• Location: If someone targeted a specific group of people for their crimes, they might choose a place that is significant to that group in order to perpetuate harm against them. In the case of the nightclub shooter, it’s telling that he selected an LGBTQ nightclub on Transgender Remembrance Day. Similarly, a shooter targeting a synagogue is likely acting in accordance with their anti-semitism, while a shooter at a majority Black church is acting based on racism. Attacks that take place against a certain group on major holidays associated with that group are also a strong indication.

  • Affiliation: If a person is known to be affiliated with a hate group, either in person or on social media, then goes on to commit crimes in accordance with the ethics of that group, they are likely to be charged with a hate crime.

  • Signs and symbols: If a person has tattoos or paraphernalia associated with a hate group, this strengthens the evidence that their attack was motivated by hate. For example, a person who has a swastika tattoo or owns other pieces of Nazi idolatry is likely motivated by hateful bias if they attack a Jewish person.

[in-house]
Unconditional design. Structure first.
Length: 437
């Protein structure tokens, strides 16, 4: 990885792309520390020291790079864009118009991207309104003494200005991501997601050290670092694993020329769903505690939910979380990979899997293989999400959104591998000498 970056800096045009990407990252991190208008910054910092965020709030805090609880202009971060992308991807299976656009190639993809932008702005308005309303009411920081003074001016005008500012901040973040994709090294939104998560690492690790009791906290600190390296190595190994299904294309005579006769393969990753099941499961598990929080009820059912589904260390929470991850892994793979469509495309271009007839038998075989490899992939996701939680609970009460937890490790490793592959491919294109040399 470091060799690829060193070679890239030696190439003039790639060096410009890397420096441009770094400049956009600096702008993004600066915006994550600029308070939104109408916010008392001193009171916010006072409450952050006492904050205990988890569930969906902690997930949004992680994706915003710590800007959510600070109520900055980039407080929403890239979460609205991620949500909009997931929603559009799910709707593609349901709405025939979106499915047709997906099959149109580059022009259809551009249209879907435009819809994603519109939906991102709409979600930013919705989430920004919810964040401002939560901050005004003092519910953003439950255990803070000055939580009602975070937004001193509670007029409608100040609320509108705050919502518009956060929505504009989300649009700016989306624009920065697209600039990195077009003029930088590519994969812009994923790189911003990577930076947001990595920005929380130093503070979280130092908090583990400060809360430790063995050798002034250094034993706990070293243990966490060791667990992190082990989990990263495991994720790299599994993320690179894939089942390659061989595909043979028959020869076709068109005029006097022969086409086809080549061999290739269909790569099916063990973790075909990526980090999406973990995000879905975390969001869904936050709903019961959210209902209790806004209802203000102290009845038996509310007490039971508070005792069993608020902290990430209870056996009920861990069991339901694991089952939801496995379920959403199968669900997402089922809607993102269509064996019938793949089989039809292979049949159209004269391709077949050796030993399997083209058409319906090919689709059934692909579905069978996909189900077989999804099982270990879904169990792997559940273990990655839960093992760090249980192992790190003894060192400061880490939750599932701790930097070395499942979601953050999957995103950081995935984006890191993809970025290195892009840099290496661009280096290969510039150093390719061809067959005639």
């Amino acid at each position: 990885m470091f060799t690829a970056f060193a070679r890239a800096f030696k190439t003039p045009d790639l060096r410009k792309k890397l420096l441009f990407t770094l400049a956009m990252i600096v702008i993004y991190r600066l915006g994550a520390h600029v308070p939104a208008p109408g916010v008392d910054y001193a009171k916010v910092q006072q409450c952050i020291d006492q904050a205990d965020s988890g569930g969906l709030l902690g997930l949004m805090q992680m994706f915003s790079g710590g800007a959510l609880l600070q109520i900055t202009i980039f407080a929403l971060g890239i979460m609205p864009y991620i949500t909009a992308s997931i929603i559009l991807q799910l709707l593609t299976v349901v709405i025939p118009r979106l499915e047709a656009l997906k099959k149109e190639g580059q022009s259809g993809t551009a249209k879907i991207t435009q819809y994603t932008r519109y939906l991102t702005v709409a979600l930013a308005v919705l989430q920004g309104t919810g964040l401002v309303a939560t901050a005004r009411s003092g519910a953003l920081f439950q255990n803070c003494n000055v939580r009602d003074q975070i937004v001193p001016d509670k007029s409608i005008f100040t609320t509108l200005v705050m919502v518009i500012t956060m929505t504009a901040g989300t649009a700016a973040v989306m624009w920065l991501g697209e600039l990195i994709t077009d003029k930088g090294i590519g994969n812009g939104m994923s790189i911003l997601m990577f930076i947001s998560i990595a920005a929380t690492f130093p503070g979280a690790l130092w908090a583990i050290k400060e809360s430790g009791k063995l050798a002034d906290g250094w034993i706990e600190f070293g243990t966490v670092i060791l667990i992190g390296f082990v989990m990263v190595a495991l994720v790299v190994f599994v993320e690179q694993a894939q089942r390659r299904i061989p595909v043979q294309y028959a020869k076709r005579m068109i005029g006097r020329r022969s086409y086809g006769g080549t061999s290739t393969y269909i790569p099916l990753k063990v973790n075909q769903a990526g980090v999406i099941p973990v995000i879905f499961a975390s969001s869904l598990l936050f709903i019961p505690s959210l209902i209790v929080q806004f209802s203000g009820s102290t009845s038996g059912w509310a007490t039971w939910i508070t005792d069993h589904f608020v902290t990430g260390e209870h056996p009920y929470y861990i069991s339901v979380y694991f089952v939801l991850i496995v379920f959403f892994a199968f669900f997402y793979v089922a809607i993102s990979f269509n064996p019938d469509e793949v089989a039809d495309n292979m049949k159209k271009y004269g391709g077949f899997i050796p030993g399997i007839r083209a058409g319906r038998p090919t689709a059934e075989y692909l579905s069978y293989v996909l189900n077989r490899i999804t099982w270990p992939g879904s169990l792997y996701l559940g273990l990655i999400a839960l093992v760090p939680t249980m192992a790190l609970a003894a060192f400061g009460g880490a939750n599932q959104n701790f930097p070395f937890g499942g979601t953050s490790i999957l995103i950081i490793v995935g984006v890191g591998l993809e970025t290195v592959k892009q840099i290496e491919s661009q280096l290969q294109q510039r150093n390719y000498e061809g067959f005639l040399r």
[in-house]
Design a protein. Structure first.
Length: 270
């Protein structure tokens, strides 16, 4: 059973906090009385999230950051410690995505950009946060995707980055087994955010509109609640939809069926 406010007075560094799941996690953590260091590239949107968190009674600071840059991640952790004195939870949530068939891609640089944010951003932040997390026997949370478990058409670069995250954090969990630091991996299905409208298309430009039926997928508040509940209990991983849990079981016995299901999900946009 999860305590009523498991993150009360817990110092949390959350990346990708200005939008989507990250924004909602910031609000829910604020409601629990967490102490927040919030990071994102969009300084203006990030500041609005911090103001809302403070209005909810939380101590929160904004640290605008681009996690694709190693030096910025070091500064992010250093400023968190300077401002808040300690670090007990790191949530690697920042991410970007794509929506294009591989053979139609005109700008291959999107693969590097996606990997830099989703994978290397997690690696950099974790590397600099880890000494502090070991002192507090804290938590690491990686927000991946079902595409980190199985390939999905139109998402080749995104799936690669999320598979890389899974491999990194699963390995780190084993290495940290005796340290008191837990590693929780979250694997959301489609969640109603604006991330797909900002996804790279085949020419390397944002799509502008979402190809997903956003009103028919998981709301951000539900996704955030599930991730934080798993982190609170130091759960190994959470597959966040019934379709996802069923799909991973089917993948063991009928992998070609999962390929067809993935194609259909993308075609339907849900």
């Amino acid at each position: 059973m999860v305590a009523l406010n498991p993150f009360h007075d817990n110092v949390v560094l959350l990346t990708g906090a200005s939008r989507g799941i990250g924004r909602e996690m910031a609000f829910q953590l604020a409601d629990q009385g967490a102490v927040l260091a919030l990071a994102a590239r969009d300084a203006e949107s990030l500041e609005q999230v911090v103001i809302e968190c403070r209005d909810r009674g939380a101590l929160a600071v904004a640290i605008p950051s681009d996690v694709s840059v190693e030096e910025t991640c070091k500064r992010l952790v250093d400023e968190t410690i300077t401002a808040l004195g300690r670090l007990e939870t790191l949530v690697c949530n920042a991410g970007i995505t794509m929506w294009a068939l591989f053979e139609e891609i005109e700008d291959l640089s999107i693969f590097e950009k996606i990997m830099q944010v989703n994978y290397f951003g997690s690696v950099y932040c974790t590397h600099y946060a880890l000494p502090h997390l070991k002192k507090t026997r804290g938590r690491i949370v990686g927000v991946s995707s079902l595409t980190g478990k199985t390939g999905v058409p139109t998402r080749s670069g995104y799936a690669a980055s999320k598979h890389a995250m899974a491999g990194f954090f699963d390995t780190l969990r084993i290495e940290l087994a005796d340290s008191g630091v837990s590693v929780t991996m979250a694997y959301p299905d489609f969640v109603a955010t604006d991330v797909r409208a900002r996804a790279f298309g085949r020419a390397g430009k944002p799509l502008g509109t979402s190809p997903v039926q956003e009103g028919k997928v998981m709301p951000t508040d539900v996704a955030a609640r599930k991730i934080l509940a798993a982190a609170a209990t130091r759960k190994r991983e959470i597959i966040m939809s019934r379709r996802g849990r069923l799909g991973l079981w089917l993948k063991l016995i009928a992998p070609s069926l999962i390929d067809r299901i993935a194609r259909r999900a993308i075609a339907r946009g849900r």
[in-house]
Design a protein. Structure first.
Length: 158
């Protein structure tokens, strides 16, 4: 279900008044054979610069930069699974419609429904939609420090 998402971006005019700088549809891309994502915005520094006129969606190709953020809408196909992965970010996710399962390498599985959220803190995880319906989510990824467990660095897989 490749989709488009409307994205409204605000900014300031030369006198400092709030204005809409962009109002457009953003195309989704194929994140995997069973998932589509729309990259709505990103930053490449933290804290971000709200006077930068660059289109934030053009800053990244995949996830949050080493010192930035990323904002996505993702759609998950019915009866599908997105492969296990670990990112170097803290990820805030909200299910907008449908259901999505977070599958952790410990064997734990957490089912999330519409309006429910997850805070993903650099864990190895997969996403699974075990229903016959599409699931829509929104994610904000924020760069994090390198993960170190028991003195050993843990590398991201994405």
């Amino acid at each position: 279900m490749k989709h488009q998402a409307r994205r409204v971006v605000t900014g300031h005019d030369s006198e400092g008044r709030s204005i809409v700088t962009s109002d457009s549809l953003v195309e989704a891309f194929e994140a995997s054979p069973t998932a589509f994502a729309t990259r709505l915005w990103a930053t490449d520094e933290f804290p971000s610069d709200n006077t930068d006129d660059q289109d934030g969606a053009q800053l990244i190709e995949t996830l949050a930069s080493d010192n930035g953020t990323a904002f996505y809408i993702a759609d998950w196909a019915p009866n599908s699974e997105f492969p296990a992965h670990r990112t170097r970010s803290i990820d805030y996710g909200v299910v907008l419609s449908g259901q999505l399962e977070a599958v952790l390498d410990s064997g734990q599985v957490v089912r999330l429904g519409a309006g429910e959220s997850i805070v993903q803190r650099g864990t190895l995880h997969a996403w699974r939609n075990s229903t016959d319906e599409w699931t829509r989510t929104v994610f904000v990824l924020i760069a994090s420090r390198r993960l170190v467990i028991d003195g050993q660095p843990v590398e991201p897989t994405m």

These are only a few of the pieces of evidence prosecutors might admit when trying to prove that a hate crime took place. The specifics of the case and the circumstances of the crime will do a lot to inform how the charges will be investigated and proven.

Elevated Penalties For Hate Crimes

In addition to the penalties that are applicable for assault, a person who commits a hate crime in Colorado is looking at additional consequences. Depending on several factors, such as whether a weapon was used, the severity of the injury caused, and whether drugs were administered to the victim, hate crimes can be charged as either a misdemeanor or a felony. 

If the prosecution can prove intent to cause harm, the crime will likely be charged as a felony, which comes with heftier fines and a longer prison sentence. If the hate crime resulted in the death of one or more people, the perpetrator will likely face federal charges and potentially the death penalty. 

Joyner Law Provides Quality Criminal Defense

If you are facing criminal charges, including assault, you need comprehensive legal defense or you risk losing your freedom, potentially for the rest of your life. An assault charge doesn’t have to be a hate crime to rob you of the rights and freedoms that you enjoy. Joyner Law has represented countless clients through their criminal charges and has a strong track record of having charges reduced or dropped. Reach out to us today